Nameof Student



Theproducers of the sleeveless blanket known as Slanket had this dreamfrom their early days of campus. Since the inception of the idea,this product has faced different sets of challenges. Therefore, thepaper explores the strengths, weaknesses, opportunities and threatsexisting in the business that Gary Clegg developed and how hesurvived the competition from the producers of the competing productsand the porter’s five forces that drove his business.


  • The Slanket business showed a potential of surviving the competition after the owners realized that they are still gaining profits despite stiff competition. This level was made possible due to their past reputation. For instance, Clegg’s idea of writing a thank message on every Slanket made consumers have that feeling of being appreciated.

  • Gary Clegg established the selling relationship with Skymall, a televised home-shopping network, and QVC. These giants enabled him to reach a larger number of potential customers.

  • According to people’s ratings in online shopping sites, Slankets were a better product as compared to snuggies. The major factor, in this case, was because of its durability.


  • The business still doesn`t have an online platform where it can hear from the whole organization. Furthermore, the owners are not risking takers to invest in approaches they do not believe can work.

  • The price of the Slanket was relatively higher than those of the competitors. Therefore, most people opted for the Snuggies which was cheap and affordable.


  • Clegg saw a business opportunity after finding challenges with a real blanket back in college. He, therefore, thought that people in the same situation could be comfortable putting on a blanket with sleeves.

  • The initiative must be in such a way that it goes hand in hand with the current demand of consumers. Gary Clegg had the best opportunity to make a comeback. The findings in the report show that the competitors lacked innovation. Therefore with this concept, they could make more efficient products and improve on the existing ones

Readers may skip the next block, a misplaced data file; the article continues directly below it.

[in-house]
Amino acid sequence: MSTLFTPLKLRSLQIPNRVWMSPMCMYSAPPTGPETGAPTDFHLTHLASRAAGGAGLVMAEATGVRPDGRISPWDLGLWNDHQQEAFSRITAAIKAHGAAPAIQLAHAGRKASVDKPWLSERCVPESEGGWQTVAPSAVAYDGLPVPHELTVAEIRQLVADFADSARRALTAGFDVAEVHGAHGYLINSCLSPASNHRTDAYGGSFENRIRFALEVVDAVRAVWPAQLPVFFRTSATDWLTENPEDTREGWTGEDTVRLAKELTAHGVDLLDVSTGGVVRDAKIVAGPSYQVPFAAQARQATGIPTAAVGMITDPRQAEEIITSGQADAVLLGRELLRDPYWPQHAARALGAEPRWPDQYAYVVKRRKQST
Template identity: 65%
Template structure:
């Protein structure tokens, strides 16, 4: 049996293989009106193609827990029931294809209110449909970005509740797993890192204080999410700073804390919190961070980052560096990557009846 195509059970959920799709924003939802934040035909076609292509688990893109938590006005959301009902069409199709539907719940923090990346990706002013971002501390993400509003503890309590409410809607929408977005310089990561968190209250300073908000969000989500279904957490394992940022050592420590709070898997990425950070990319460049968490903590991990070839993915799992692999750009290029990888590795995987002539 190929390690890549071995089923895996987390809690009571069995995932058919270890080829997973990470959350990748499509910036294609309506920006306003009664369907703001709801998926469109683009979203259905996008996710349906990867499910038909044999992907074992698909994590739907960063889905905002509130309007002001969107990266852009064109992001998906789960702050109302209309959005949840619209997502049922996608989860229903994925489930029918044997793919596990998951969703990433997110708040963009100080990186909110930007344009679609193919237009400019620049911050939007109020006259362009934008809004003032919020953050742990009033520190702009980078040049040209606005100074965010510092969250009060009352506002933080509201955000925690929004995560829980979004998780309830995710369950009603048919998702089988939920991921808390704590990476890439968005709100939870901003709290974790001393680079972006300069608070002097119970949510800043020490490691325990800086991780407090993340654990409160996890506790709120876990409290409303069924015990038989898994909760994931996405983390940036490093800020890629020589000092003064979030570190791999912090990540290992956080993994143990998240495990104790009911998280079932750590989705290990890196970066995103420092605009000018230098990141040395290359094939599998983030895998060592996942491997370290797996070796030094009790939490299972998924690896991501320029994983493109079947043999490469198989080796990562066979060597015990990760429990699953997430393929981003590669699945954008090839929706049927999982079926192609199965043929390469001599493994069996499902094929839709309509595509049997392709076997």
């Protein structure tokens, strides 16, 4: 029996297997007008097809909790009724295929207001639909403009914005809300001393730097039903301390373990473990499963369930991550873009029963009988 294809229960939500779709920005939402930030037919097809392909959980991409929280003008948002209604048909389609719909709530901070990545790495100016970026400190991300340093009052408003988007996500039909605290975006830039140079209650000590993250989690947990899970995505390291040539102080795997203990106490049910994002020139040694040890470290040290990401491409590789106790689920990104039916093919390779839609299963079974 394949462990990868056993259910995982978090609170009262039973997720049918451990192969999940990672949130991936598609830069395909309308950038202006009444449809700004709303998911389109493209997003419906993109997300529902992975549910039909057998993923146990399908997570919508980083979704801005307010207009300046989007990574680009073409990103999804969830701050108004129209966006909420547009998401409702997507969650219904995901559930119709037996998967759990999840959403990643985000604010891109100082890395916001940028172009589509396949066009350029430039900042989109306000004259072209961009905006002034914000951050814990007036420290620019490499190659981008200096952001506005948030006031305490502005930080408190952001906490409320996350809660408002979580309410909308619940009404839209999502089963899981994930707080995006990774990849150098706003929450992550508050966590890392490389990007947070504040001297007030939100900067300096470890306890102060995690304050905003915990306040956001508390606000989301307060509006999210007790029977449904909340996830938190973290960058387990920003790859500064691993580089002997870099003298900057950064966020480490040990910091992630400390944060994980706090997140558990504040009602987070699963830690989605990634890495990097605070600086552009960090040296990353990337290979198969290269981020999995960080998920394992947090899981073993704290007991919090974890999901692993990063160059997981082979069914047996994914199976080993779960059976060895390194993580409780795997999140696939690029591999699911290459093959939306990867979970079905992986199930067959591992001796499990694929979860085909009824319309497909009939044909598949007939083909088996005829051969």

• The launch of Snuggie itself was a threat to Slankets’ sales. Snuggie gained fame because of its relatively lower price as compared to Slankets. It posed a threat because, with less amount of money, one could afford more units that he or she could have opted for Slankets.

  • The competitors used of more sophisticated ways of product promotion. This was also a significant threat to the popularity of Slankets. For instance, use of college students and celebrity endorsements passed a message that snuggies was meant for this generation.

Porter’sfive forces


  • Clegg managed logistics from Denver, Colorado while design partners were in Portland and Maine under Gary`s management.

  • There was a company in North Carolina that managed Slanket’s operations and contracting with the Chinese manufacturers.

  • Another third party firm in California was responsible for warehousing and fulfillment.


  • Consumers of the product are the only ones who know what they like and want from the product. Hence, Slankets still generated income despite massive campaigns and tight completion from the rivals.


  • Key factors in the competitive rivalry were the quality and pricing of the Slankets.

  • Furthermore, promotional campaigns also helped Slanket producers to gain a good reputation and popularity on the market.

Threatof new entry

  • Finding a challenge to patent the idea meant that the industry would have so many players who will enter into price wars. Clegg, therefore, had to find ways of remaining competitive, such as using QVC.

Threatof substitutes

  • The major threat of Slankets was Snuggies, which were not exactly similar to clegg’s initial idea. Therefore Slanket business is prone to competition from more affordable products that can perform similar functions. However, Slanket manages the competition using innovation and uniqueness.


Deighton,J&amp Kornfeld L. (2010).Slanket: Responding to Snuggie’s Marketentry. HBS

No.9510034. Boston, MA: Harvard Business School Publishing